Monday, September 29, 2008

Mad Men: "Six Months Leave" - Woke up with a Monster

We had to wait a week for it, but wasn't it worth it? Not only did to see Mad Men's big Emmy win, but all the expectation for this episode after week off was met with another solid (game changing) episode. As expected, the death of Marilyn Monroe played a crucial role in this, the August episode for Mad Men, tying it together with the theme of 'be careful what you wish for."

The story of Marilyn Monroe is obviously one of tragedy, a women who achieved fortune and fame, but in the end was destroyed by it, the historical tie to the aforementioned theme. It was obvious to anyone that Joan, of all people, would be affected by her death, so it's all the more cold to hear Roger lecture her on who was worthy of mourning. "She was a movie star who had everything, and everybody, and she threw it away," he says to her, devoid of empathy. "Someday you'll lose someone you love, and then you'll understand," she replies and Roger is left to stare off in the distance. He already has lost someone he loves, and she just walked out the door behind him. Just one of the many subtle moments that help set up Roger's surprising move at the end, but more on that later.

The main story throughout, of course, was the downfall of Freddy Rumsen, played with aplomb by Joel Murray. The title of the episode, "Six Months Leave," sounds like something you might wish for after a hard day at the office, but for Freddy, in the wake of pissing himself, it's a death sentence. Don's resistance to firing Freddy is seen by Roger as loyalty to a fault, but in this case I think it's more Don seeing his own precarious situation in parallel with Freddy's. A man's name is important, and not to be sullied, even if, as in the case of Don, it's not even his real name. Freddy knows that the arrangement is just a gesture, and that his job won't really be there when he gets back. "Who am I if I'm not going to that office every day?" Freddy asks Don, reminding us that he's defined himself by his job. Don, meanwhile, is nearly the opposite -- he's essentially lost his identity in the role of his job. Their final words say a lot. Don, still playing the optimist, says "Good night, Freddy," while Freddy, understanding what's really happening, says "Goodbye, Don." We'll miss you Joel Murray [plays "Taps" with zipper].

Another recurring theme throughout is of various characters getting woken up abruptly, to be confronted with a sobering reality. Betty, is awoken from an alcohol and depression induced nap, and after being subjected to Sarah Beth's hints at an affair, Betty then decides to take kill two birds with one stone, setting her one outlet for an affair in Arthur, and instead setting him up with Sara Beth at a lunch she conveniently misses. If there's any doubt as to Betty's intention in the setup, we're given a visual of young Sally "stirring the pot," as the Drapers make cookies. Freddy similarly awakes from a drunken stupor, only his sobering reality was soiled trousers, and the walk of shame out of the office, his last such walk. Complicit in Freddy's demise was Pete, who's awoken from a nap in his office by Peggy, confronting him about ratting out Freddy. Hildy's disgust was also visible, which is funny in that he still can't get respect from his 'girl.'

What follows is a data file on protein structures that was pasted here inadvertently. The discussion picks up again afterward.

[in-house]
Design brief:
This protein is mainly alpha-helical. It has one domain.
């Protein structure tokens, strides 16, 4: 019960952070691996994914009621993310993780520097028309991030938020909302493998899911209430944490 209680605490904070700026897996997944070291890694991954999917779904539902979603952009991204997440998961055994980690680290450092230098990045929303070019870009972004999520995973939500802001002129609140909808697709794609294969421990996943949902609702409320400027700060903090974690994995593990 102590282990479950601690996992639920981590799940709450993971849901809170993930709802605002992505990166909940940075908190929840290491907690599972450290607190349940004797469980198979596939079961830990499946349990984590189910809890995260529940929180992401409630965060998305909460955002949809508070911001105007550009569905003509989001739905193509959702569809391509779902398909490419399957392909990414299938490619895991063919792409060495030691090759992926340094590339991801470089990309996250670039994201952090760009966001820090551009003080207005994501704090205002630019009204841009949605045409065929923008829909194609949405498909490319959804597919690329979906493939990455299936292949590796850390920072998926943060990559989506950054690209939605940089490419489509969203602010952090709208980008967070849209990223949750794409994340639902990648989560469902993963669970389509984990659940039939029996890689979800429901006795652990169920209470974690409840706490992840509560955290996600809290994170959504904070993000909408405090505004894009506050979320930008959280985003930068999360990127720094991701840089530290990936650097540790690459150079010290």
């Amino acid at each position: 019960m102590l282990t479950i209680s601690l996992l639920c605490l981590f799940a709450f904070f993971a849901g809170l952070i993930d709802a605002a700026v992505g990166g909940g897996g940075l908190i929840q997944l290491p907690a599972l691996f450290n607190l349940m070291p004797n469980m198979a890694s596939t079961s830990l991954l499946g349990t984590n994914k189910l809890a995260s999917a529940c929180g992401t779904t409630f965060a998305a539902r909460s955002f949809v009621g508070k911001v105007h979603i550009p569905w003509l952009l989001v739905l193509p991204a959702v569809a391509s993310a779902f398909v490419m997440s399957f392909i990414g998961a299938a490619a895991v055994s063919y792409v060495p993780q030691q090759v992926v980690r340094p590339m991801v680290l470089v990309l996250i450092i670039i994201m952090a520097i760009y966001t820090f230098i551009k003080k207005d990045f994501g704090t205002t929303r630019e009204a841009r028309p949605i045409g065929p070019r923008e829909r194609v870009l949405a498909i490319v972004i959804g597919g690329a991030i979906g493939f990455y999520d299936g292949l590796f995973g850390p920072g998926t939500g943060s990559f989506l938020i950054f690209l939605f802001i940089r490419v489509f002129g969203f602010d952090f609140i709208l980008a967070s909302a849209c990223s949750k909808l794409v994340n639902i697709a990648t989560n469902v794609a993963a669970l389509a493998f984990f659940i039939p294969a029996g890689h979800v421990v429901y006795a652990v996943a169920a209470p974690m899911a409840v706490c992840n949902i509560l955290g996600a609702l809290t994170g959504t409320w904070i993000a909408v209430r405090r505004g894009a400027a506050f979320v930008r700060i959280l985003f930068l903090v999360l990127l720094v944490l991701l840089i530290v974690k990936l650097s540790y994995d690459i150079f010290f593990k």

In the final, plot twisting scene, Don is woken from his nap by Roger's wife Mona, and we find out that Roger has not only used Don's words to justify his dumping of Mona, but also is throwing his lot with Don's secretary Jane. Roger, who earlier was thinking of how he lost Joan, convinces himself that Jane is his Joan (and, to revisit the "Maidenform" episode from earlier, Marilyn's not an option now, so you have to go with a Jackie). The move is traitorous to Don on many fronts, the worst of which is knowing that Roger's gained access to info about Don via pillow talk. As we saw last season with the oysters and the elevator stunt, Don is ruthless in his revenge, so one wonders what it's store for Roger (and Jane, for that matter -- it's bad enough having to watch your back with Joan, but add Don to the mix, and you get the feeling Jane will soon be following Freddy's zipper out the door).

The significant choice of music this episode was the closing credits, with Marilyn Monroe singing "I'm Thru With Love," from her role as Sugar Kane in the Billy Wilder classic Some Like It Hot (see video below). It's the saddest of all the Marilyn songs, and thus has even more of an impact in the context of the initial belief by many here that her death was a suicide. Meanwhile, Betty switches away from news of Marilyn's death on the radio, to instead listen to Tchaikovsky's "First Piano Concerto", which may or may not have some significance. Tchaikovsky first wrote/dedicated the song for friend and Moscow Conservatory founder Nikolai Rubinstein, but ended up taking it to someone else after Rubinstein asked him rework it, and that history could have some parallels to the state of the Drapers, if you squint really hard (go ahead and squint!).



Previously: As the World Turns (Episode 2.08)

1 comment:

Pam said...

I really enjoy your recaps! Thanks!